"I encourage the Royal Canadian Mounted Police to investigate the possibility of criminal offences arising from these disturbing facts. You and the very able members of the national police force possess the necessary skills, expertise and tools to get to the bottom of this," Barrett said in the letter.

Bloc Leader Yves-François Blanchet has called on Trudeau to step aside from his office and hand the reins to Deputy Prime Minister Chrystia Freeland while the probes of his conduct play out.

Today, Blanchet said that while he wants the prime minister and finance minister to appear before parliamentary committees to answer questions, he does not support the call from the Conservatives for a police investigation.

"We cannot order a police investigation like it was a pizza. It does not work that way," he said. "Police will make its own decision about an investigation, an inquiry or not. The last thing that we want over and above what we are seeing is for political parties to order investigations."

Democracy Watch weighs in

Opposition MPs are not the only ones that want to get to the bottom of the federal government's entanglement with WE Charity. 

The democratic reform advocacy group Democracy Watch is looking for three investigations of its own. It has written to the RCMP asking for it to look into whether the prime minister violated the Criminal Code in his dealings with the charity and has asked Dion's office to look into whether Trudeau or anyone operating on his behalf — such as his chief of staff, Katie Telford — tried to influence the public service to undertake the contract with WE Charity.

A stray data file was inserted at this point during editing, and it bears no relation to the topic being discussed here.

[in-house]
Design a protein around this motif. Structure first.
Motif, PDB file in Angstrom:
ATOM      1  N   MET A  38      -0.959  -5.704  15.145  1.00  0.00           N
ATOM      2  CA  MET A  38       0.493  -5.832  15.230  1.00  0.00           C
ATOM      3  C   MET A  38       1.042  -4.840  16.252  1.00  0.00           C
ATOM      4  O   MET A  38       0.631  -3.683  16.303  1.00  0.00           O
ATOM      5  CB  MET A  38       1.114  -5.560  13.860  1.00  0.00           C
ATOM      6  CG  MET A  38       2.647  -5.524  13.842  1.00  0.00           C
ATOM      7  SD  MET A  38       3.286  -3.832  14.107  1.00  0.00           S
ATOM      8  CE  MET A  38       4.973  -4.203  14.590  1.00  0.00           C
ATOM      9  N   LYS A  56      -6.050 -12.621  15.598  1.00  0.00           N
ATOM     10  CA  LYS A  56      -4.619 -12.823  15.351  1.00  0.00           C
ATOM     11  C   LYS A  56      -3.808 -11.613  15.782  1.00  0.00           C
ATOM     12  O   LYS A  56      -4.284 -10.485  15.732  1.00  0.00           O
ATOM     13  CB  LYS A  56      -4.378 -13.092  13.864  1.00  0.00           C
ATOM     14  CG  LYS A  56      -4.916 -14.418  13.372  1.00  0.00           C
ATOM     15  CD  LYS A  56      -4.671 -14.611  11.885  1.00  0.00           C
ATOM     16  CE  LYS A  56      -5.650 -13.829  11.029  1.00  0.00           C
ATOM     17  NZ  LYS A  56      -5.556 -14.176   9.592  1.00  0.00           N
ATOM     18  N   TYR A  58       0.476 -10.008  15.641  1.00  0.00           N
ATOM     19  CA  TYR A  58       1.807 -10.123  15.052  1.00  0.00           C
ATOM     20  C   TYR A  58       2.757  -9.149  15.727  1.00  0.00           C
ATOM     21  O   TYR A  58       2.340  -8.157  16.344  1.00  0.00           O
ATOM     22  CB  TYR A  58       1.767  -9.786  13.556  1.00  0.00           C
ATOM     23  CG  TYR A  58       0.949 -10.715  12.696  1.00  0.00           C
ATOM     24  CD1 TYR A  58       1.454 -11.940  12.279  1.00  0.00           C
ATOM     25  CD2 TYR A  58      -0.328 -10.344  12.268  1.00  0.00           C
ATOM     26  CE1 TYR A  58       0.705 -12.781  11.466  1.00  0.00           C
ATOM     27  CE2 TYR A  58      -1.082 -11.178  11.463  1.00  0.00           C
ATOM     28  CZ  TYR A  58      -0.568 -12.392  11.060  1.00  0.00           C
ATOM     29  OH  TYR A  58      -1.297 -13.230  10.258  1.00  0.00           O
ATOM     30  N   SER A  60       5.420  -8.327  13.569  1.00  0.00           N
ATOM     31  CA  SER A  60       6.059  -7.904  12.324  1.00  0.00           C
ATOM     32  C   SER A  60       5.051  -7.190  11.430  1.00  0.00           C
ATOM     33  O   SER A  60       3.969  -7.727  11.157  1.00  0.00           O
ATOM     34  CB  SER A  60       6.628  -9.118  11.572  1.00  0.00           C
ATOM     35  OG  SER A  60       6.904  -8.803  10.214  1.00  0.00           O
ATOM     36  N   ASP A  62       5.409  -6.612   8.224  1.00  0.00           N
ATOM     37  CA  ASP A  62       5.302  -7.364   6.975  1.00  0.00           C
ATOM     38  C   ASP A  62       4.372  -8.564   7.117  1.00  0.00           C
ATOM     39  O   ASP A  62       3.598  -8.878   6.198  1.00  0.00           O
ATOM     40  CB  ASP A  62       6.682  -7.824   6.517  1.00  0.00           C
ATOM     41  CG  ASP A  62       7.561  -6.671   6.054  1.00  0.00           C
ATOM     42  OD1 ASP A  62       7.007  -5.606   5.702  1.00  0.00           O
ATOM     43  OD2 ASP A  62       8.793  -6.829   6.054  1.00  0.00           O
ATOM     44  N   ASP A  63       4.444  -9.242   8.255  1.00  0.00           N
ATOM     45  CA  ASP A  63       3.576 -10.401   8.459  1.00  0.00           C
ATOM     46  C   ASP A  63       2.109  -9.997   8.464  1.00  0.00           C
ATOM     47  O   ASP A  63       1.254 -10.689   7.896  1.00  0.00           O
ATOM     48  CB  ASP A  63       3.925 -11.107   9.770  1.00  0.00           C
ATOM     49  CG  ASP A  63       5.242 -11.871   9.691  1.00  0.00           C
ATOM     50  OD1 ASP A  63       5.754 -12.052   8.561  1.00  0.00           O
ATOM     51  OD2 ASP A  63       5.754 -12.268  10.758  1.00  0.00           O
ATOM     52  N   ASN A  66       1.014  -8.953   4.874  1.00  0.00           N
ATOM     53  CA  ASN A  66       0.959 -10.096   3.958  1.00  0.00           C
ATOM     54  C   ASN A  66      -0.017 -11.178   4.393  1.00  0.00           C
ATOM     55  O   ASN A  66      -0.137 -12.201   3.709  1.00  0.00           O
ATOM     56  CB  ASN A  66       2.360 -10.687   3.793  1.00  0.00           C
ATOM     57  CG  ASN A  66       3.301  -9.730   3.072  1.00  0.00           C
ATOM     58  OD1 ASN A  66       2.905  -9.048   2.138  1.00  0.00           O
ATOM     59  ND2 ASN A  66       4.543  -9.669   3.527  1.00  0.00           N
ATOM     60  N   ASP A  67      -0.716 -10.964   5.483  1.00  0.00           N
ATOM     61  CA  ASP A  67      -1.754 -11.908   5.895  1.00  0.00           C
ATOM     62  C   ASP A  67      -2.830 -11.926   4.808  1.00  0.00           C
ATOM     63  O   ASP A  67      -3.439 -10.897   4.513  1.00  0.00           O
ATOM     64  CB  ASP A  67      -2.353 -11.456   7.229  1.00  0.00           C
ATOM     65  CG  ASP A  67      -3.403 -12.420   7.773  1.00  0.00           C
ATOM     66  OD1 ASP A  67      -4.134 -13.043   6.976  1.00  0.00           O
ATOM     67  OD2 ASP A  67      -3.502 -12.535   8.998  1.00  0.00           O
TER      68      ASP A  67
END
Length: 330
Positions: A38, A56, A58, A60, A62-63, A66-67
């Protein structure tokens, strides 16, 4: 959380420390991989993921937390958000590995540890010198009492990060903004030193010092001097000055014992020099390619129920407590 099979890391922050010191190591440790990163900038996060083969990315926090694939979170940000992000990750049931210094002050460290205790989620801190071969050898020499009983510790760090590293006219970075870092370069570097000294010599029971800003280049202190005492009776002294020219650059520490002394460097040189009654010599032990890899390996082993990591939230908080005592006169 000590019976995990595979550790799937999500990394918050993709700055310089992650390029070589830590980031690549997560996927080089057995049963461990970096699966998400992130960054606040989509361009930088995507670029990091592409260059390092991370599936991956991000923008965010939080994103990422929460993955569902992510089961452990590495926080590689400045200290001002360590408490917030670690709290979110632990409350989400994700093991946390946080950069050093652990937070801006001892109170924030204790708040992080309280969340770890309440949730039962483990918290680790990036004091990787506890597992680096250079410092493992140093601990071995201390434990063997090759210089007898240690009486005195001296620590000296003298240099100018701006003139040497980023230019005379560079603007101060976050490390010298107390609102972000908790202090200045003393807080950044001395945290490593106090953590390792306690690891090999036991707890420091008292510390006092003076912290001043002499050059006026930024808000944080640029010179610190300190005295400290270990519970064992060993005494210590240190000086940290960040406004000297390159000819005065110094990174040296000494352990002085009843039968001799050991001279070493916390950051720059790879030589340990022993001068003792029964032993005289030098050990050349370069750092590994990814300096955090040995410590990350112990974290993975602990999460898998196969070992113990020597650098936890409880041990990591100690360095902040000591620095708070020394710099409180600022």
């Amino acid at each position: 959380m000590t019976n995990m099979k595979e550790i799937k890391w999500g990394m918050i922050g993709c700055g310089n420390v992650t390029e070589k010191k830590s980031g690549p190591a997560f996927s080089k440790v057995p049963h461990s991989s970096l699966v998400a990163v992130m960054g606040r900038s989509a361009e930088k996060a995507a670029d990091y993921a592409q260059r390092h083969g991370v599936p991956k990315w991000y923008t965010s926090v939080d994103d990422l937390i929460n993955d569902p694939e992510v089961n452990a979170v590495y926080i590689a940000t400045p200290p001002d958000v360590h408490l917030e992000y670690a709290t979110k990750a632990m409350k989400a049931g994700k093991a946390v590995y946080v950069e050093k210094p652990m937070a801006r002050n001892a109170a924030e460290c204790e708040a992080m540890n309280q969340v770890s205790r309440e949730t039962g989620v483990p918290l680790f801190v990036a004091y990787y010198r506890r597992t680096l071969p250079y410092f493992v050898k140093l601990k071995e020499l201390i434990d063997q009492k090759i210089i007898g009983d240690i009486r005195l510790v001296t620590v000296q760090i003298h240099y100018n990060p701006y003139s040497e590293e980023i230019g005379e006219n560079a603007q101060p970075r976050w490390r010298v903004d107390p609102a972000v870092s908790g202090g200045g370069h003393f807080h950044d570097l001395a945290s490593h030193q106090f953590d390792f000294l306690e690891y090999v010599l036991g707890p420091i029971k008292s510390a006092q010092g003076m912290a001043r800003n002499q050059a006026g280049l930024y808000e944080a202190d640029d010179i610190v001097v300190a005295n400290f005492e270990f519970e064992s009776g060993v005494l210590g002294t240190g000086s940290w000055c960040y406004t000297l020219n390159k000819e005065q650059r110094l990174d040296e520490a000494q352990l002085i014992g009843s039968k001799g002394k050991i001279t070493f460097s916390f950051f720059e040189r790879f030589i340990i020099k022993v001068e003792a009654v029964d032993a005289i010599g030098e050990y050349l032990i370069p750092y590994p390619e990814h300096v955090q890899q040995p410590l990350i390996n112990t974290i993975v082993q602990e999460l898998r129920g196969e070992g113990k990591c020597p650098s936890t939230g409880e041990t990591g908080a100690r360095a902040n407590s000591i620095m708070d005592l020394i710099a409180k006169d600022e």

Democracy Watch also wants the ethics watchdog to investigate Finance Minister Bill Morneau, who has ties to WE Charity through his family.

A spokesperson for Dion said that all requests for investigations are being considered and a decision will be made later this week.

Trudeau is being investigated under subsection 6(1) of the Conflict of Interest Act, which prohibits public office holders from making decisions that further their own private interests or the interests of another person.

Trudeau also is being investigated under sections 7 and 21 of the Act, which deal with giving someone preferential treatment and failing to recuse from a conflict of interest.

Duty to recuse

The prime minister has publicly apologized already for failing to recuse himself from cabinet discussions on WE Charity. Dawson said it would be difficult for her successor "not to find that he contravened section 21" of the Act.

"It would be pretty hard to backtrack from that statement, I think," Dawson said. "When he says he failed to recuse, recusal — it's one of the requirements, one of the provisions of the Act, if there's a conflict of interest. It suggests that there's also a conflict of interest somewhere in there."

The WE Charity was started by human rights advocates Marc and Craig Kielburger in 1995. Last month, Trudeau announced that it would administer the Canada Student Service Grant, which will provide eligible students with up to $5,000.

The grants are intended to help students cover the cost of post-secondary education in the fall. The amount of the grant depends on how much time students spend doing volunteer work.

Shortly after it was announced that We Charity would be running the program, the Liberal government came under fire from opposition parties and some people in the charitable sector.